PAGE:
In corporate news, shares of Rovi (ROVI) are trading higher, after the digital entertainment company announced that it would be selling part of its business and issued adjusted guidance. Restaurant operator, Sonic (SONC) stock is headed lower after that company posted mixed quarterly results. - Adam Rosner

At the time of this article’s writing, the author did not have positions in any of the companies mentioned.


Stocks to Watch from The Survey There is some earnings news out today. Shares of Mosaic Company (MOS) are up slightly in the premarket, after the producer of crop nutrient and animal feed products reported November-quarter financials. On the other hand, shares of The Finish Line (FINL) are down sharply ahead of the bell, after the retailer of athletic shoes and apparel reported disappointing November-period results.

Elsewhere, the stock of Google (GOOG) is trading just marginally higher, even though the Federal Trade Commission has ended a 19-month investigation into the Internet search giant’s business practices without bring any charges against the company. – Matthew E. Spencer 

At the time of this article’s writing, the author did not have positions in any of the companies mentioned.


Before The Bell - Wall Street calmed down yesterday following two stirring days for the bulls that had seen the Dow Jones Industrial Average soar by a combined 474 points. The impetus for that one-two bullish punch was, in succession, expectations that the House and Senate would reach a deal to avert the dreaded fiscal cliff of mandatory tax increases and spending cuts, and relief that the two sides in Congress had, in fact, secured such a compromise measure.

Now, in truth, that deal was hardly the all-encompassing "Grand Bargain'' that some had been hoping for. Yet, there was enough in the measure to at least kick the can down the road, so to speak, for two months. At that time, the spending components of any finished deal will need to be dealt with, along with the need to extend the debt ceiling. Taken as a whole, and given the hard feelings still in place among many in the two parties, that follow-up attempt at compromise legislation could prove even more daunting. However, for now, at least, the imminent crisis has been avoided, and Wall Street initially celebrated.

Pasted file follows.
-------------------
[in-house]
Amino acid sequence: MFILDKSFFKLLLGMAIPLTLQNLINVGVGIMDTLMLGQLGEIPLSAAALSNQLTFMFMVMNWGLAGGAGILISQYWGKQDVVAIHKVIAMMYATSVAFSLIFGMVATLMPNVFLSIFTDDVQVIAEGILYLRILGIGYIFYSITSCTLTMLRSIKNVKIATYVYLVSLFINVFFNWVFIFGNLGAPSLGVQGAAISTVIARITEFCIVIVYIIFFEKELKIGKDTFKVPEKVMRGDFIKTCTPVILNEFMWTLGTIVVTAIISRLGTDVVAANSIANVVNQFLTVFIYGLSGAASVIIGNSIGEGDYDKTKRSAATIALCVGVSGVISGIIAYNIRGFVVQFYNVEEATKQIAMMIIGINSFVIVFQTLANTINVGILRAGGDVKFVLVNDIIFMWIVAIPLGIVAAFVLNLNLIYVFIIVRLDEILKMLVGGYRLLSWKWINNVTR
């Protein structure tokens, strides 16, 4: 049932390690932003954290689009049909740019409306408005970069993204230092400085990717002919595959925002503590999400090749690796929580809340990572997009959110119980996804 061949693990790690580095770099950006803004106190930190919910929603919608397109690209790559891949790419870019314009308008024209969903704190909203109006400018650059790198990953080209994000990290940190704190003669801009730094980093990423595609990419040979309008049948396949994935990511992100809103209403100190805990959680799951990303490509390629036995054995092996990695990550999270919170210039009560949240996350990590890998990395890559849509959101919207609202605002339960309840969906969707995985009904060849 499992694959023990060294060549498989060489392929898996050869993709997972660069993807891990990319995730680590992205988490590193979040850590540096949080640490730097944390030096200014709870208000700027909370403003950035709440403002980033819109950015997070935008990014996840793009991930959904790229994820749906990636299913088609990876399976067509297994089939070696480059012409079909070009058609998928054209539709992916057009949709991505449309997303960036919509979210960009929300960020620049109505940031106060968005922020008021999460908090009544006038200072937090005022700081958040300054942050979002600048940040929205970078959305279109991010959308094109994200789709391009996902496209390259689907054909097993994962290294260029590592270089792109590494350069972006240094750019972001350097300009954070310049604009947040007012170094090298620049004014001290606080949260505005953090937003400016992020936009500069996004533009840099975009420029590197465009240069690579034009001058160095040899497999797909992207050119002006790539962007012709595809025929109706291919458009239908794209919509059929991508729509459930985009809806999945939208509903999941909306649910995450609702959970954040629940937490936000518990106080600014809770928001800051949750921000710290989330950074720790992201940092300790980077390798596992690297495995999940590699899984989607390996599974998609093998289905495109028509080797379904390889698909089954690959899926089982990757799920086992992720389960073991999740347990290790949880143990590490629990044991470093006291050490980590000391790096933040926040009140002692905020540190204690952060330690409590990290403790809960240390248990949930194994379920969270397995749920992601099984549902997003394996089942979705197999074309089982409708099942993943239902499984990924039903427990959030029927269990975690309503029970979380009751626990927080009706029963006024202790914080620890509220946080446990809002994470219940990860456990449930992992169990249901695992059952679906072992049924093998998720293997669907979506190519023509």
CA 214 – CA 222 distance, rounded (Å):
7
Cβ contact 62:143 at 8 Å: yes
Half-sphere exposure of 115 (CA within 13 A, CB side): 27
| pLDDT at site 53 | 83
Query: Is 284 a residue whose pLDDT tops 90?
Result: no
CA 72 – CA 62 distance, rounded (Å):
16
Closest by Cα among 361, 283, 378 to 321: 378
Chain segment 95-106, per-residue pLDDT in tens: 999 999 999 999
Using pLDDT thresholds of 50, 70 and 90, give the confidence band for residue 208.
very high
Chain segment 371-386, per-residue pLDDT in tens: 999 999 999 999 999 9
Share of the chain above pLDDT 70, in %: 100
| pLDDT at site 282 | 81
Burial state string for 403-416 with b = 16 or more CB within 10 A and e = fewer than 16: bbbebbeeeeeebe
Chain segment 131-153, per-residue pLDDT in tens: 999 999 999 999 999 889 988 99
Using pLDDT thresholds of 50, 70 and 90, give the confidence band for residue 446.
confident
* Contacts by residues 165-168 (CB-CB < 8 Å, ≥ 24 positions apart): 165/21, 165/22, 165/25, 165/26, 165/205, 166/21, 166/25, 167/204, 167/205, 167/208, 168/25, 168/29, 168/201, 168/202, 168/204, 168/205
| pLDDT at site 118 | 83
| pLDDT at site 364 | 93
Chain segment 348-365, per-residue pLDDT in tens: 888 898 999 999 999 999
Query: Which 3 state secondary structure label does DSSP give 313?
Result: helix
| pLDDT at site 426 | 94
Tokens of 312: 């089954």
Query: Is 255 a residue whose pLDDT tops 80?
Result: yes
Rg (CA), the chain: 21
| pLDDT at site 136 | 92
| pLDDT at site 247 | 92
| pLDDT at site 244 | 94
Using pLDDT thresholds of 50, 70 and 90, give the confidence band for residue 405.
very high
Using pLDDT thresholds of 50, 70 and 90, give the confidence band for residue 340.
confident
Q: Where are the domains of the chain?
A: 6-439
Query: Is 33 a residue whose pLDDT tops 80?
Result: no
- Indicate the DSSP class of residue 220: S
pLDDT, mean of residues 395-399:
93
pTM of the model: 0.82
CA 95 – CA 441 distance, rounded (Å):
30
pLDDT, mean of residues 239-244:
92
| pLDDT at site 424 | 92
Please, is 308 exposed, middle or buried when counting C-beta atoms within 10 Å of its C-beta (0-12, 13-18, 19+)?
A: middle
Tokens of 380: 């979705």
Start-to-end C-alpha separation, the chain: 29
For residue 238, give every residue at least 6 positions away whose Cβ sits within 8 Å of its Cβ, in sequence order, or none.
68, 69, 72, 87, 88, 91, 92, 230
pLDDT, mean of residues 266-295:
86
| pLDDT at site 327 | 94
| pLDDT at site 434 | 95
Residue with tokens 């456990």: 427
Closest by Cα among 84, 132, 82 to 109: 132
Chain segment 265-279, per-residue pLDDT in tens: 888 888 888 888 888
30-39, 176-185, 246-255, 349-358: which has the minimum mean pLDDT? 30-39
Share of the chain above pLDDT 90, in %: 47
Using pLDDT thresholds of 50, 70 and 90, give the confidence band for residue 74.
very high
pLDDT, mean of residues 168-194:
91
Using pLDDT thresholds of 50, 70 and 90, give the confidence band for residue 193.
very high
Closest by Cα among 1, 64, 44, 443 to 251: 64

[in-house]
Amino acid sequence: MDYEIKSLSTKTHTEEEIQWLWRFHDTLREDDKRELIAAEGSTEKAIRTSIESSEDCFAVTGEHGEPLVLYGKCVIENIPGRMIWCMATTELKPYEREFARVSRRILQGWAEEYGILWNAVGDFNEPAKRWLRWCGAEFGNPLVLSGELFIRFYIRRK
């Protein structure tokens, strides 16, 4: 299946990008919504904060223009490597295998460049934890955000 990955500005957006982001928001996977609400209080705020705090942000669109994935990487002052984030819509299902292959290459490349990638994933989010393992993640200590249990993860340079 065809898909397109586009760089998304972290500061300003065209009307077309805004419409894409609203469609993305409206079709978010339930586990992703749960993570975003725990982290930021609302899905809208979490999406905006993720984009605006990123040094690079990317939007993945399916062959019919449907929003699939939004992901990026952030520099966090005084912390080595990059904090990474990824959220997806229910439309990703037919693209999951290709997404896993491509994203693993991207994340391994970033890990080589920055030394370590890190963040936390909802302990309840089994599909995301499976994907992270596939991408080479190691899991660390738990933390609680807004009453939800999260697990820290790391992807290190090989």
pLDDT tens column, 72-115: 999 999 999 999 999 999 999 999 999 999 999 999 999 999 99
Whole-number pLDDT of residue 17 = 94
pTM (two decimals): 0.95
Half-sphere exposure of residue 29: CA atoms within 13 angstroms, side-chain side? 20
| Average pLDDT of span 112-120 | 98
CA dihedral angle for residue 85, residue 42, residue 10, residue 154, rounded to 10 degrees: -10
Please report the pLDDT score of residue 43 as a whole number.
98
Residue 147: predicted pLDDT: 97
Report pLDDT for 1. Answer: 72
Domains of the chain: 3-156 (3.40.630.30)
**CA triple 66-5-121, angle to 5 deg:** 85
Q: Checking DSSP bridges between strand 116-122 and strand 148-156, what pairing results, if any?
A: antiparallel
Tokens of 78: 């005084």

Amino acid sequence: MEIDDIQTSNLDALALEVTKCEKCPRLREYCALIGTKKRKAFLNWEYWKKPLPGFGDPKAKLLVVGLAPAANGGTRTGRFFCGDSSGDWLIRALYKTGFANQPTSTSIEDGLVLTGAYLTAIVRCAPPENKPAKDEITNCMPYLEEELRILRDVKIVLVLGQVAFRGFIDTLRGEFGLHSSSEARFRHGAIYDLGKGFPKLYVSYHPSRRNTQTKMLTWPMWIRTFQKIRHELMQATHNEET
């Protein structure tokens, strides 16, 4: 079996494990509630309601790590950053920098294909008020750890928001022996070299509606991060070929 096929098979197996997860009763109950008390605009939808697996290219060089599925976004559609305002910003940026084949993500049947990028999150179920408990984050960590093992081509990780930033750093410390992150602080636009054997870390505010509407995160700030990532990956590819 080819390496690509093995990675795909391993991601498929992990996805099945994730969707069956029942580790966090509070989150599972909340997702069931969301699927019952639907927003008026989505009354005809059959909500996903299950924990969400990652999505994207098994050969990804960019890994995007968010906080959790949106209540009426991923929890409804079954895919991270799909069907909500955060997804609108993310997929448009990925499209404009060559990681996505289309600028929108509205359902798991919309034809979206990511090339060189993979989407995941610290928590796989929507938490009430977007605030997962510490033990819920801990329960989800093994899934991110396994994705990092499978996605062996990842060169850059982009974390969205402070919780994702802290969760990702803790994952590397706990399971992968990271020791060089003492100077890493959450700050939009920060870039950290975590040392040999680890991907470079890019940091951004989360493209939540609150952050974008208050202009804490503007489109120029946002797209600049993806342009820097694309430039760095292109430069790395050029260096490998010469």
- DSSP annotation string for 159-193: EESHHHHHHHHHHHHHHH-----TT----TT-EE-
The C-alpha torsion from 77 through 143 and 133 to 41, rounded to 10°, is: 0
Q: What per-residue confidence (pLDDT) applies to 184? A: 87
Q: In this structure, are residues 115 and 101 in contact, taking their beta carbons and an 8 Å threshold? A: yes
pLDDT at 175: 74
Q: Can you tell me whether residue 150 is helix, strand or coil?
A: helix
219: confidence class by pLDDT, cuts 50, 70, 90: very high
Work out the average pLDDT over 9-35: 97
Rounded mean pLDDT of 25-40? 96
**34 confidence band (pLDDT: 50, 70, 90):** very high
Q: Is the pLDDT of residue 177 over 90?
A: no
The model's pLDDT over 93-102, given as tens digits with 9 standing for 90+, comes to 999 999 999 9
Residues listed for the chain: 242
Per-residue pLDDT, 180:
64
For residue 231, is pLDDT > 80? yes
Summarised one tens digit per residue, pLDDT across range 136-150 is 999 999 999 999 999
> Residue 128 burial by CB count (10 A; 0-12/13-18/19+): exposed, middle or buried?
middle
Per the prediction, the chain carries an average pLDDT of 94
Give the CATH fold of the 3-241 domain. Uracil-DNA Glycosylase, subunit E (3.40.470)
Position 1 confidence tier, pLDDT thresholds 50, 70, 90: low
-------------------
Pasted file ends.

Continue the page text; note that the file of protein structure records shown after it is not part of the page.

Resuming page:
Yesterday, though, traders basically managed to retain the gains of the prior two sessions, but certainly not add to them, on average. Specifically, the leading equity averages gave some ground grudgingly, to the tune of 21 points in the Dow and 12 points in the tech-heavy NASDAQ, after having been in positive territory for a time during the afternoon. However, winning stocks bested losing issues on the Big Board to the tune of a 17-to-13 ratio, underscoring the aggregate mixed tone to the trading session. That uneven result was affirmed by the overall action in the mutual funds in the latest session.

Meanwhile, it was also back to the economy yesterday, and in the latest session, Automatic Data Processing (ADP) issued its latest survey on private-sector job creation in December. And the result far exceeded expectations, as the survey showed that the nation had added 215,000 positions last month--nearly 50% above expectations. That report was closely watched for signs that this morning's scheduled issuance by the Labor Department on non-farm payrolls for the nation would track the ADP survey. Expectations for the government report were at 160,000. But here, the result did not exceed expectations. Specifically, Labor indicated that the nation had added 155,000 jobs in total last month, thereby missing the target just nominally. Also, the unemployment rate, which is secured by another survey, came in at 7.8%. That was unchanged from the upwardly revised November rate, which had initially been estimated at 7.7%. Note also that private-sector payrolls gained by 168,000 last month.

Overall, the jobs report was decent, but clearly not a game changer, as the nation continues to press forward on the economic front, notwithstanding the fiscal cliff drama that had played out for much of the past month.

As for Wall Street, traders seemed relieved by the report, and what had looked to be a mixed opening for the stock market before the survey's issuance, now seems as though it will be a higher one when traders get down to business in less than an hour from now. It would seem that some had thought the report could have been weaker than it was. Finally, later on this morning, we will get a key release on non-manufacturing activity, where a small increase is expected. – Harvey S. Katz

At the time of this article's writing, the author did not have positions in any of the companies mentioned.